Alex Bradford/Chris Barber - Pop Gospel Live in London (Joy) Barber with a four piece gospel unit.
Rosetta Nubin - Gospels in Rhythm (Coronet) Both of these were from a massive selection of gospel albums washed up at the record fair. Difficult to make choices, but this is nice.
Sarah Vaughan - Songs of The Beatles (Atlantic) The only recent boot sale find of note. When I put this on I had to check if was actually that Sarah Vaughn, or someone completely diferent. Recorded in 1981 these are Beatles songs in a funky disco style!! Very interesting choice of repetoire; Get Back, Come Together, I Want You (She's So Heavy). Brilliant.
Various - The Country Blues (RBF) It looks like a Folkways, Sounds like a Folkways - it even smells like a Folkways. Blind Willie McTell, Blind Willie Johnson, Blind Lemon Jefferson, Robert Johnson (who I believe was sighted) et al. 1959 tie in with a book of the same name.
Jimmy Witherspoon - Blues For Easy Livers (Prestige) The blues is a broad church. This could not be more different from the RBF. Lounge Blues, Bachelor Pad Blues; but a great voice.
Memphis Slim - Soul Blues (Ember) I think this dates from the early seventies. Grittier than the Witherspoon. Also picked up a Slim Boogie Woogie album this week.
Clarence Carter - Soul Deep (Edsel)
A few obvious (and very cheap) jazz bits. The Live Miles Davis is a couple of dates from around the time of My Funny Valentine. One of his best periods IMO.
John Fahey - The New Possibility (Takoma) The first xmas album from the avant blues genius. Very interesing article about Fahey in this months Record Collector, incidentally.
Various - Songs of Animals and Other Marvels (Topic) Edited by Peter Kennedy and Alan Lomax
Various - Sampler No. 6 (Topic) A general sampler. Primarily purchased for the Shirley Collins content.
Peddlars - Best Of (CBS)
Tommy Reilly - Harmonica Course (Hohner) Sadly disc one of this two disc set is missing, so my chance to be the next Larry Adler has been cruelly dashed. Comes with a nice book, though. Rescued from the dumpster.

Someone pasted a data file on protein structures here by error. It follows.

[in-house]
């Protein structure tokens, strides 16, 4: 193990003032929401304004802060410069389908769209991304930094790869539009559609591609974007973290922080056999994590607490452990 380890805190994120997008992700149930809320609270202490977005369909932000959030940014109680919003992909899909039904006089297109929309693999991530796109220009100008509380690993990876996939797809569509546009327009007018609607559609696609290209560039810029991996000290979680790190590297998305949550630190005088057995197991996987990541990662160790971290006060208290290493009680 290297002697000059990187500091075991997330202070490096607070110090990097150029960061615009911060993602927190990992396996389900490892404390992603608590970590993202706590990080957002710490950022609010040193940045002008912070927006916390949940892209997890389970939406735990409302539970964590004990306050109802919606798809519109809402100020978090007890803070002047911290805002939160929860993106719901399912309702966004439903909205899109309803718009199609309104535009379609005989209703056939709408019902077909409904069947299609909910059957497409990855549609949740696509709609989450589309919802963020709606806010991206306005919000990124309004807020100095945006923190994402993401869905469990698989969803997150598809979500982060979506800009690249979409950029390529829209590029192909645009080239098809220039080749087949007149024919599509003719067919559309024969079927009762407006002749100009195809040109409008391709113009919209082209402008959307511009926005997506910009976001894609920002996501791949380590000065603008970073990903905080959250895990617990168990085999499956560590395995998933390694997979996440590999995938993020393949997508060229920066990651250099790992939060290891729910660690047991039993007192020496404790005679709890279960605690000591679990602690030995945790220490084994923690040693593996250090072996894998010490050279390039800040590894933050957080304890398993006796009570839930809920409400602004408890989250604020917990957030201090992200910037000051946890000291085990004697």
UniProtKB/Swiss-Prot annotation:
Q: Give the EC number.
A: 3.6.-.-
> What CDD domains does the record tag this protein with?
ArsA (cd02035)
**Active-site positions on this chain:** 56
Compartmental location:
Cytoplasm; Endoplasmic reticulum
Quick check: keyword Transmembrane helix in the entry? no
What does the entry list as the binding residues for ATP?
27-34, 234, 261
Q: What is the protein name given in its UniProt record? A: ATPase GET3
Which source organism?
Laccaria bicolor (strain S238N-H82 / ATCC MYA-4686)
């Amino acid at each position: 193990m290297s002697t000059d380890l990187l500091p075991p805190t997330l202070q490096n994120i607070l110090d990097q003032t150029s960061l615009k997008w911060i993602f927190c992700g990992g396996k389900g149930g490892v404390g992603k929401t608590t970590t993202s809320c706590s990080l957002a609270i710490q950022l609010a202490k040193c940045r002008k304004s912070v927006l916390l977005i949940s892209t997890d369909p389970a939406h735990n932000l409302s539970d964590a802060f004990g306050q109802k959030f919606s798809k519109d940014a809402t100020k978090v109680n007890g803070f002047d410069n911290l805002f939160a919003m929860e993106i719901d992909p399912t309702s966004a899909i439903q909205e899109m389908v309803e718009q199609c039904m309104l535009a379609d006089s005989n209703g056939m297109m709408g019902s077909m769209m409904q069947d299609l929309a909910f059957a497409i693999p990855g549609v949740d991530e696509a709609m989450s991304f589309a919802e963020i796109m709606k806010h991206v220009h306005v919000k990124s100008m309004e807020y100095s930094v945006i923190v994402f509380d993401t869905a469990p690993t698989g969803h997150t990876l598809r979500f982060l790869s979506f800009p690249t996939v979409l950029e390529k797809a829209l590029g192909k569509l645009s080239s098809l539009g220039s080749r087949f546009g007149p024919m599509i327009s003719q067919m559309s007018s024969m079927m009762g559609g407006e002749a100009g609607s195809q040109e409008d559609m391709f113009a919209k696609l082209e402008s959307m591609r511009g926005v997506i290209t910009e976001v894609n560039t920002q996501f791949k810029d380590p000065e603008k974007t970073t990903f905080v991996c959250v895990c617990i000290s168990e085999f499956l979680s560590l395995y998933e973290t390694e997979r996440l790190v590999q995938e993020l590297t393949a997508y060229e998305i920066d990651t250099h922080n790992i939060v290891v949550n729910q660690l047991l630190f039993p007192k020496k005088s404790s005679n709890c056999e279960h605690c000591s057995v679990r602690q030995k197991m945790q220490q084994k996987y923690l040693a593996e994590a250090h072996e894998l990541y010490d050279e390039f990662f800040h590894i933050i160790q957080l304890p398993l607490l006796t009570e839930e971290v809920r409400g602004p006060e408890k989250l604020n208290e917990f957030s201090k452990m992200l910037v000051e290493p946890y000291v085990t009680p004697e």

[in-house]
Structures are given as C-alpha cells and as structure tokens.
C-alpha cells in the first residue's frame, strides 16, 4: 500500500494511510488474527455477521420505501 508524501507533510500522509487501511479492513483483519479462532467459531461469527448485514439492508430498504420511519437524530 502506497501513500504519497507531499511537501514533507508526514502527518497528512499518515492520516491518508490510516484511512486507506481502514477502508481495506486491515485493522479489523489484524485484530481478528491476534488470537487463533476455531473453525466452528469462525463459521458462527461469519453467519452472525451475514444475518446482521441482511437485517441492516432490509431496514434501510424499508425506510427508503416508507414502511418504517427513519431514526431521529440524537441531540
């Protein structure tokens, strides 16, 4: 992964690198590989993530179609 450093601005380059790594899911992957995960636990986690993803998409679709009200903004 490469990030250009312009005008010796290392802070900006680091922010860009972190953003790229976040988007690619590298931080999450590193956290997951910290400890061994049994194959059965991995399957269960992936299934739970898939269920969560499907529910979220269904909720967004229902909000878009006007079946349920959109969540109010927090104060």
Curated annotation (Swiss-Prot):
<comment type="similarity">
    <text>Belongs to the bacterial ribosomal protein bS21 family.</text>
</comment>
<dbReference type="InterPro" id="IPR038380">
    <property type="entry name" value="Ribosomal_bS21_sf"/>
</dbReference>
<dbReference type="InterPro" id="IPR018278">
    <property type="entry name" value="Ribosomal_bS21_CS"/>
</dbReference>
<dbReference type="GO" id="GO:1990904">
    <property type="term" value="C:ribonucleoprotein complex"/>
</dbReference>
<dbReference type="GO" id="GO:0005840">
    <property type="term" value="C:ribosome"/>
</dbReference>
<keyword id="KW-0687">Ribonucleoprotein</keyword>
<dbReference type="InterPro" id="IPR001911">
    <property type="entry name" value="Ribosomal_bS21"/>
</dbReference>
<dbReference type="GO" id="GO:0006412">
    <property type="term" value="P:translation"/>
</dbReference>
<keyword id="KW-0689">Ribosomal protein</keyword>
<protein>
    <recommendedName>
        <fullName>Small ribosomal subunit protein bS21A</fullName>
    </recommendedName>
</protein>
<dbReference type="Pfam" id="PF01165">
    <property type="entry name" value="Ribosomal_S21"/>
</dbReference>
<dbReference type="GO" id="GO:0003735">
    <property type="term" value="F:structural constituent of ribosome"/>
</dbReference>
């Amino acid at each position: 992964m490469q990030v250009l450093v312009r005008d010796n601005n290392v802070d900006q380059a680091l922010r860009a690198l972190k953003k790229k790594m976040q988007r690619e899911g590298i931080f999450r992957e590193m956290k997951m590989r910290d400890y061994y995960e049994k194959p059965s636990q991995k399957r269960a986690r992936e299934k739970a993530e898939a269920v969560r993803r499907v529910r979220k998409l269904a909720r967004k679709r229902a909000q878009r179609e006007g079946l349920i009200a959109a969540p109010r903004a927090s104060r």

Various - Murderers' Home (Nixa) British release of the famous Alan Lomax prison recordings. Sublime.
Senator Joseph R. McCarthy (Folkways) A biopic of McCarthy with many transcripts from the witch trials. Edge of the seat stuff all the way through. Complete transcripts ar contained in the booklet. The producer is clearly no fan of McCarthy, you can almost hear the axes being ground. So, not entirely balanced reportage, but really fascinating portrait of power, corruption and lies.
Now, if that weren't enough I came across a box of 275 Latin 45's.
Slowly working my way through these. At first they felt a bit poppy and middle of the road but now a few gems are coming to the surface as I get into the suitable hispanic groove. Dating from the late 60s through to the mid 80s, most originate from New York, but there are some west coast items, plus pressings from Columbia, Puerto Rico, Mexco, Jamaica, Venesuela, etc. Labels include; Fania, Discolando, Gema, Dial, Odeon, Raynbow, Sona, Del Moral, Fonovisa, Anre, Lamar, and hundres of others.